Blerim Lutolli

E-Mail: Blerim.lutolli[at]uni-weimar.de

Tel.:  +49 151 67479641

Vita

Blerim Lutolli is currently doing his Doctoral studies at Weimar Bauhaus University in the field of Flexible Housing and funded by DAAD. He finished his master studies for architecture at the University of Maribor in Slovenia while his Bachelor studies at the University of Pristina and Czech Technical University in Prague. Before he started his doctoral studies in 2017, he worked for several years on renowned architectural offices like in Croatia, Slovenia, Switzerland, and Germany including Pritzker architect Gottfried Böhm in Cologne. He won several awards, including the first prize in the international competition for a young architect for best villa design project in Slovenia, in 2015. He is the author of two books ''Flexible Residential Housing'' published in Pristina in 2013 and ''Dome'' published in Slovenia in 2016.

Abstract

Flexible housing still attracts academic attention for its volatile nature that can adjust to the changing needs of societies. Since its inception at the beginning of the 20th century, flexible housing has always been considered as a means to solve emerging societal needs rather than an architectural trend. With its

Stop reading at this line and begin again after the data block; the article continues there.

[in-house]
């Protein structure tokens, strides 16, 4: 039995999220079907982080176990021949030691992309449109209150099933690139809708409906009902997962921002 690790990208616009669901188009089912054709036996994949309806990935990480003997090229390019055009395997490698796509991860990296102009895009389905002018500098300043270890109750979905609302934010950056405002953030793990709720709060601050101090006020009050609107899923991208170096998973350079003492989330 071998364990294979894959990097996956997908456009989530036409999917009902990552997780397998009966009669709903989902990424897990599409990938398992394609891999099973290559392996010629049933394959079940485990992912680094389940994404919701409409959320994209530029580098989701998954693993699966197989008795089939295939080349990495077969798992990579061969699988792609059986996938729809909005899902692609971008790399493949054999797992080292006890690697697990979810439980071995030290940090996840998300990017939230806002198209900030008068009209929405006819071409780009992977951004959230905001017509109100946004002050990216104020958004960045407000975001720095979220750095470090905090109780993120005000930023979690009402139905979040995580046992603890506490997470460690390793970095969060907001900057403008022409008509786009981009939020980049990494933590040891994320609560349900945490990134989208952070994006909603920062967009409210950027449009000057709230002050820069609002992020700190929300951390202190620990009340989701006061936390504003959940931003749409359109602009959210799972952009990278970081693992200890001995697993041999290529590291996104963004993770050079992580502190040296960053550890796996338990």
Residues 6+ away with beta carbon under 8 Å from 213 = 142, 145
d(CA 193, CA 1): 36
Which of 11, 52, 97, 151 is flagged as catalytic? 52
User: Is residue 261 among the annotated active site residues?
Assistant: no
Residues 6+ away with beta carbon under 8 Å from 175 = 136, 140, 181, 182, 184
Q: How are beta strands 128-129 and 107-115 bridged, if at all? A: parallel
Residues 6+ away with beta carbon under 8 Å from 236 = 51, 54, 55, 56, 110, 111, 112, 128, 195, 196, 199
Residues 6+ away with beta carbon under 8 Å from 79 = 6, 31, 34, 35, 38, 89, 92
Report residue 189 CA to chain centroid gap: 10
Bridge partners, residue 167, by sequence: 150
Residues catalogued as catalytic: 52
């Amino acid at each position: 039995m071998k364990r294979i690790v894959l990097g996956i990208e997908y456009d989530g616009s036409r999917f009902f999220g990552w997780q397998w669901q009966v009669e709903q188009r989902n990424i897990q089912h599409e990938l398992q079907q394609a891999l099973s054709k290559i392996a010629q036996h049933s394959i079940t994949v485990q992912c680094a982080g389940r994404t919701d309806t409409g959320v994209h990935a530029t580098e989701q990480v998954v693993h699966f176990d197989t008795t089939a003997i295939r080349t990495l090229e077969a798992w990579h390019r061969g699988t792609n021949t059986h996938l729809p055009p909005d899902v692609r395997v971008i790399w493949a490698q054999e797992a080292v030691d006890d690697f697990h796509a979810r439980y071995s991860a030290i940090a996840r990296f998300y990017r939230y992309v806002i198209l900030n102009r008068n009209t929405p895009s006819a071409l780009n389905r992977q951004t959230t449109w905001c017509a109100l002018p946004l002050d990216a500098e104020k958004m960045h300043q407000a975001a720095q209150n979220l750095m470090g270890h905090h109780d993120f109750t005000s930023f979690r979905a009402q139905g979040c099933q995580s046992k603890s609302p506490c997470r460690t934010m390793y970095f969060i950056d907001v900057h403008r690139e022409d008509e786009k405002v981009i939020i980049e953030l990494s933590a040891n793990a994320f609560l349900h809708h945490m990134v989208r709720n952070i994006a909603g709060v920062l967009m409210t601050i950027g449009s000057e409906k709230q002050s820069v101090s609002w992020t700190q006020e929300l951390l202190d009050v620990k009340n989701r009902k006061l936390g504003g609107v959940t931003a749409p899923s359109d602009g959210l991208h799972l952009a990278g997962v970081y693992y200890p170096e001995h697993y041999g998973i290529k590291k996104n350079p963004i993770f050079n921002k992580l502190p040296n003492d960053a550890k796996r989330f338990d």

promise of flexibility, the flexible housing recognizes the volatile nature of the housing sector and defies obsolescence. The dissertation investigates the potentials of flexible housing as a solution to a number of societal issues that affect housing today, such as cultural and lifestyle changes, demographic changes, changes in households, etc. The research hypotheses that that flexibility is an important consideration in the design of housing if it is to be socially, economically viable. There have been a few attempts at studying flexible housing in Europe, for example in Netherland and in some other few countries. Such studies offer a good understanding of the history and the use of flexible housing in these countries. This thesis seeks to contribute to this debate on flexible housing by focusing on the German context. The main goal of this research is to provide an overview of flexible housing in Germany, its history, development and the current situation. In so doing, the thesis sets to explore to what extent - has flexibility contributed to the improvement of the social situation of the families living there. The thesis is divided into two major parts. The first part establishes the theoretical framework of the research, the methodology and the historical context of the issue. Part two discusses six cases studies in flexible housing and concludes that this type of housing can cope with societal issues.